The girl flinched as if struck. She mumbled something under her breath.

"Excuse me?"

"I said my roomate won't let me," she said, looking up at him. Her eyes, he realized, were far older then the rest of her. They reminded him of someone.

"And why's that?" he said, forcing control back on his voice. He felt awe at how difficult it seemed to him now.

The girl shrugged.

"How should I know?" she said, "I'm not in there enough anyway..."

She stopped as she realized what her statement implied.

"I mean, I don't sleep much," she muttered, "Too many bad dreams."

He opened his mouth to say something and stopped. Empath. That was her power. He had just remembered. She could sense the emotional state of others, feel what they feel.

He saw the girl relax as his mind ended the realization. She smiled at him, though the brightness of it didn't reach her eyes. He felt the need to get away from her, get her away from him quickly.

"Go to bed," he ordered, "And stay there."

The girl blinked, stunned.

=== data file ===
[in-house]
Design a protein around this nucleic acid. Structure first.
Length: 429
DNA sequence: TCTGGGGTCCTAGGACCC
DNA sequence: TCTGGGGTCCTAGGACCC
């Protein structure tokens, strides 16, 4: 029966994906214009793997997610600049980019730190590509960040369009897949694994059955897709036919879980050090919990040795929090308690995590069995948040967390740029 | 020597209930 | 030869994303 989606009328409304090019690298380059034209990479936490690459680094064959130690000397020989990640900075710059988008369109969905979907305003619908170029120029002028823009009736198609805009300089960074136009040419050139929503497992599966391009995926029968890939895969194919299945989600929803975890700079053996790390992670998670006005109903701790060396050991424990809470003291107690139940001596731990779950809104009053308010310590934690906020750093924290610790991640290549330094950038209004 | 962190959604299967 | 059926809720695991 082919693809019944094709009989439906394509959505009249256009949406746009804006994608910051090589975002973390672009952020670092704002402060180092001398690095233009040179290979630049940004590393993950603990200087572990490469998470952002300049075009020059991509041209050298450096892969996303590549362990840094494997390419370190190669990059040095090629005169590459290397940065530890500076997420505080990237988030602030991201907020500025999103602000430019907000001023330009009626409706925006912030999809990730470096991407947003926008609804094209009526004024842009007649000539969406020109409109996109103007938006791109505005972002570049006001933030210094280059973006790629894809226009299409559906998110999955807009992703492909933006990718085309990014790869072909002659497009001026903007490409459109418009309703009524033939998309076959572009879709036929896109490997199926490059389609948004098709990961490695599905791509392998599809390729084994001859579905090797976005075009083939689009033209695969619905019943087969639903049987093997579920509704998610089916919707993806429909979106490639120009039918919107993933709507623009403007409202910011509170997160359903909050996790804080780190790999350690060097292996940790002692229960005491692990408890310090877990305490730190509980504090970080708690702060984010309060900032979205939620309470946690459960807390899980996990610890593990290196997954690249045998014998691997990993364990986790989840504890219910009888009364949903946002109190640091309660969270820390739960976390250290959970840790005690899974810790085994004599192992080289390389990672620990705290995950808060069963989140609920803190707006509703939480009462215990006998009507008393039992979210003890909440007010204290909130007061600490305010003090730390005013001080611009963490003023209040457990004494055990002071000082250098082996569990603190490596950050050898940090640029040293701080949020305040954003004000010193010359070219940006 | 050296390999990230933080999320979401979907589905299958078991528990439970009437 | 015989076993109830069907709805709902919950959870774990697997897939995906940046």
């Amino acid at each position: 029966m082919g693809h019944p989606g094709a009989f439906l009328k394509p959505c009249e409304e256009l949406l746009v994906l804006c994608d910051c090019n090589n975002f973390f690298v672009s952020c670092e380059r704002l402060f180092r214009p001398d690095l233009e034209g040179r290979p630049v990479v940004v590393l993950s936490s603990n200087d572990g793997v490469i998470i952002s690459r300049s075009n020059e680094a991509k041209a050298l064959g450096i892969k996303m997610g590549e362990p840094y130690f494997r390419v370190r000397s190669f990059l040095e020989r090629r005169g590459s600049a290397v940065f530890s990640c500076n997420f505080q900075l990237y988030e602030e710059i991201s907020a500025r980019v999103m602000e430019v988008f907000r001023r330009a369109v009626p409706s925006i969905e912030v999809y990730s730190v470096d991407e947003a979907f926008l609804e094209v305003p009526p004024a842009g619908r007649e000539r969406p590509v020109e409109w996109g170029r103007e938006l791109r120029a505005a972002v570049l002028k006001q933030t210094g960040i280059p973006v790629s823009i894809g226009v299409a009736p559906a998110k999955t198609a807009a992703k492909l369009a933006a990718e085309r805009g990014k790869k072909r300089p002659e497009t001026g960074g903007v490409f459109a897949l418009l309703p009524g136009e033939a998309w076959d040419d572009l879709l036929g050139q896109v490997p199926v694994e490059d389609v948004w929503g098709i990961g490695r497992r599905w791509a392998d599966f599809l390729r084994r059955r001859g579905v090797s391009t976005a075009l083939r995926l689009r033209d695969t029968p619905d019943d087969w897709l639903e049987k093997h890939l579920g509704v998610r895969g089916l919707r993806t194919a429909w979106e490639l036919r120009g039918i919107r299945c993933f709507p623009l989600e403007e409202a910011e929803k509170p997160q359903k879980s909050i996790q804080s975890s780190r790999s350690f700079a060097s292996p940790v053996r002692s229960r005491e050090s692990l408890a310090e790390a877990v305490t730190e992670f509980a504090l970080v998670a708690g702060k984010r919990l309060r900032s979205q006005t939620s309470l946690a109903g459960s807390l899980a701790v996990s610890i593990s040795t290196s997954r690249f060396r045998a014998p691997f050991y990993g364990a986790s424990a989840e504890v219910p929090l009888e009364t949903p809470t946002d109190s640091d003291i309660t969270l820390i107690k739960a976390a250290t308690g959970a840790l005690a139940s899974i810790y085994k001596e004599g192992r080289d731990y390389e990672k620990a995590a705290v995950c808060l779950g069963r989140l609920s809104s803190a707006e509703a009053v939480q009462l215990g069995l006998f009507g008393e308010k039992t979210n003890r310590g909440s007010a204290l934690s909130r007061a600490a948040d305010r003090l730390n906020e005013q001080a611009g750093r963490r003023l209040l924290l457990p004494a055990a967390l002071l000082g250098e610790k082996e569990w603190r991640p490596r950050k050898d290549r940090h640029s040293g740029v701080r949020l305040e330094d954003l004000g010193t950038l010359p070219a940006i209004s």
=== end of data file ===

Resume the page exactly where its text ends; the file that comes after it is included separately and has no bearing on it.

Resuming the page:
"No reprimand?" she said, suprised.

"Not tonight," he replied, "Unless you want me to change my mind."

"No," she answered hurriedly, "No, that's okay."

She paused a moment, and looked as though she wanted to say something else.

"What?" he demanded snappishly.

The girl swallowed. Then, without a moment's more hesitation, stepped up to him and gave him a hug. He froze for a second, stunned by the action. His arms, which had hung limply at his side, eventually moved to return the embrace. A second later, she released him. Taking a step back, she gave him an understanding smile.

"It hurts," she said simply, "For everyone. Some more then others."

He stared at her blankly.

"It's alright to hurt, but better to share," she concluded solemnly.

Turning she began to walk away, stopped, and said, "Good night, Professor Summers."

Scott watched her vanish into the door till the shadows of the school swallowed her. He was now alone on the patio, but for the first time since Jean's death, he didn't feel entirely alone. Looking up at the moon, he blinked away stray tears.

"Good night, Jean," he whispered to the sky.

A.N. : Okay, I know, this is one really weird one-shot and for that I apologize. It just sorta popped into my head without my permission. Feel free to ignore these ramblings or tell me what you think. Ah, I don't own any characters associated or mentioned in this story save Elaine.